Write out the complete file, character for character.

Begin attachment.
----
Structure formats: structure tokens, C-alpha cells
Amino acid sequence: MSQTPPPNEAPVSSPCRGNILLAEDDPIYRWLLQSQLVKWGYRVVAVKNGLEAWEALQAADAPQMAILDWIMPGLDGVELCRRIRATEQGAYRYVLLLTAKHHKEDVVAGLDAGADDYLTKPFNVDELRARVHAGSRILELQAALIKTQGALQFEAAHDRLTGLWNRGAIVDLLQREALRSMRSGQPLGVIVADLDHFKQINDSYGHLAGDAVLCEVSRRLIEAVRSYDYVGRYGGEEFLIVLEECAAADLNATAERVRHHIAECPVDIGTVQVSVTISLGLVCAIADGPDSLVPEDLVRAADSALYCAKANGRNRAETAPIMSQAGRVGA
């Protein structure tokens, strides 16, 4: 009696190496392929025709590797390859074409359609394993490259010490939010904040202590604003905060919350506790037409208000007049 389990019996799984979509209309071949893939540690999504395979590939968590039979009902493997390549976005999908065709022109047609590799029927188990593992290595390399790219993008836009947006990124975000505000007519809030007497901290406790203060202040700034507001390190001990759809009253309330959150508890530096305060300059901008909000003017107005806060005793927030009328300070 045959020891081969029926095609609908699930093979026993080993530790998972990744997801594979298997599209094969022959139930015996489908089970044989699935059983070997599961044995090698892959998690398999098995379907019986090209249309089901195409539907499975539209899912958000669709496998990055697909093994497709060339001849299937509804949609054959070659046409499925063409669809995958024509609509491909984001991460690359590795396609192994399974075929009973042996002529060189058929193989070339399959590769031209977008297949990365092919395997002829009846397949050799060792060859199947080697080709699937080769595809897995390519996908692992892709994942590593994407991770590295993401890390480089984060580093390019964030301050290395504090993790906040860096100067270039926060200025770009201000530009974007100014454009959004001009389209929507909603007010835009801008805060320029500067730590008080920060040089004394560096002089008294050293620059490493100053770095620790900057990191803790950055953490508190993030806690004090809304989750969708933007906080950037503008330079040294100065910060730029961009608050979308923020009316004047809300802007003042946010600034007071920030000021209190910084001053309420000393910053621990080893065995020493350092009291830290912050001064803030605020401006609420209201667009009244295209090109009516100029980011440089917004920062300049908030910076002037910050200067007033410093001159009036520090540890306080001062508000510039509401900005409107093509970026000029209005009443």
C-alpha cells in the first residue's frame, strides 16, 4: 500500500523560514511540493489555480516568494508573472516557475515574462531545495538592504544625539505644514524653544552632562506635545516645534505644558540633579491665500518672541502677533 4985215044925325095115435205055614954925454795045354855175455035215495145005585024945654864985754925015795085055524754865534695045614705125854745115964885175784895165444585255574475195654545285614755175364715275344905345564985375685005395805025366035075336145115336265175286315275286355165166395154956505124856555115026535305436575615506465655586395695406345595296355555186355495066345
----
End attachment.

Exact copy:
Structure formats: structure tokens, C-alpha cells
Amino acid sequence: MSQTPPPNEAPVSSPCRGNILLAEDDPIYRWLLQSQLVKWGYRVVAVKNGLEAWEALQAADAPQMAILDWIMPGLDGVELCRRIRATEQGAYRYVLLLTAKHHKEDVVAGLDAGADDYLTKPFNVDELRARVHAGSRILELQAALIKTQGALQFEAAHDRLTGLWNRGAIVDLLQREALRSMRSGQPLGVIVADLDHFKQINDSYGHLAGDAVLCEVSRRLIEAVRSYDYVGRYGGEEFLIVLEECAAADLNATAERVRHHIAECPVDIGTVQVSVTISLGLVCAIADGPDSLVPEDLVRAADSALYCAKANGRNRAETAPIMSQAGRVGA
């Protein structure tokens, strides 16, 4: 009696190496392929025709590797390859074409359609394993490259010490939010904040202590604003905060919350506790037409208000007049 389990019996799984979509209309071949893939540690999504395979590939968590039979009902493997390549976005999908065709022109047609590799029927188990593992290595390399790219993008836009947006990124975000505000007519809030007497901290406790203060202040700034507001390190001990759809009253309330959150508890530096305060300059901008909000003017107005806060005793927030009328300070 045959020891081969029926095609609908699930093979026993080993530790998972990744997801594979298997599209094969022959139930015996489908089970044989699935059983070997599961044995090698892959998690398999098995379907019986090209249309089901195409539907499975539209899912958000669709496998990055697909093994497709060339001849299937509804949609054959070659046409499925063409669809995958024509609509491909984001991460690359590795396609192994399974075929009973042996002529060189058929193989070339399959590769031209977008297949990365092919395997002829009846397949050799060792060859199947080697080709699937080769595809897995390519996908692992892709994942590593994407991770590295993401890390480089984060580093390019964030301050290395504090993790906040860096100067270039926060200025770009201000530009974007100014454009959004001009389209929507909603007010835009801008805060320029500067730590008080920060040089004394560096002089008294050293620059490493100053770095620790900057990191803790950055953490508190993030806690004090809304989750969708933007906080950037503008330079040294100065910060730029961009608050979308923020009316004047809300802007003042946010600034007071920030000021209190910084001053309420000393910053621990080893065995020493350092009291830290912050001064803030605020401006609420209201667009009244295209090109009516100029980011440089917004920062300049908030910076002037910050200067007033410093001159009036520090540890306080001062508000510039509401900005409107093509970026000029209005009443």
C-alpha cells in the first residue's frame, strides 16, 4: 500500500523560514511540493489555480516568494508573472516557475515574462531545495538592504544625539505644514524653544552632562506635545516645534505644558540633579491665500518672541502677533 4985215044925325095115435205055614954925454795045354855175455035215495145005585024945654864985754925015795085055524754865534695045614705125854745115964885175784895165444585255574475195654545285614755175364715275344905345564985375685005395805025366035075336145115336265175286315275286355165166395154956505124856555115026535305436575615506465655586395695406345595296355555186355495066345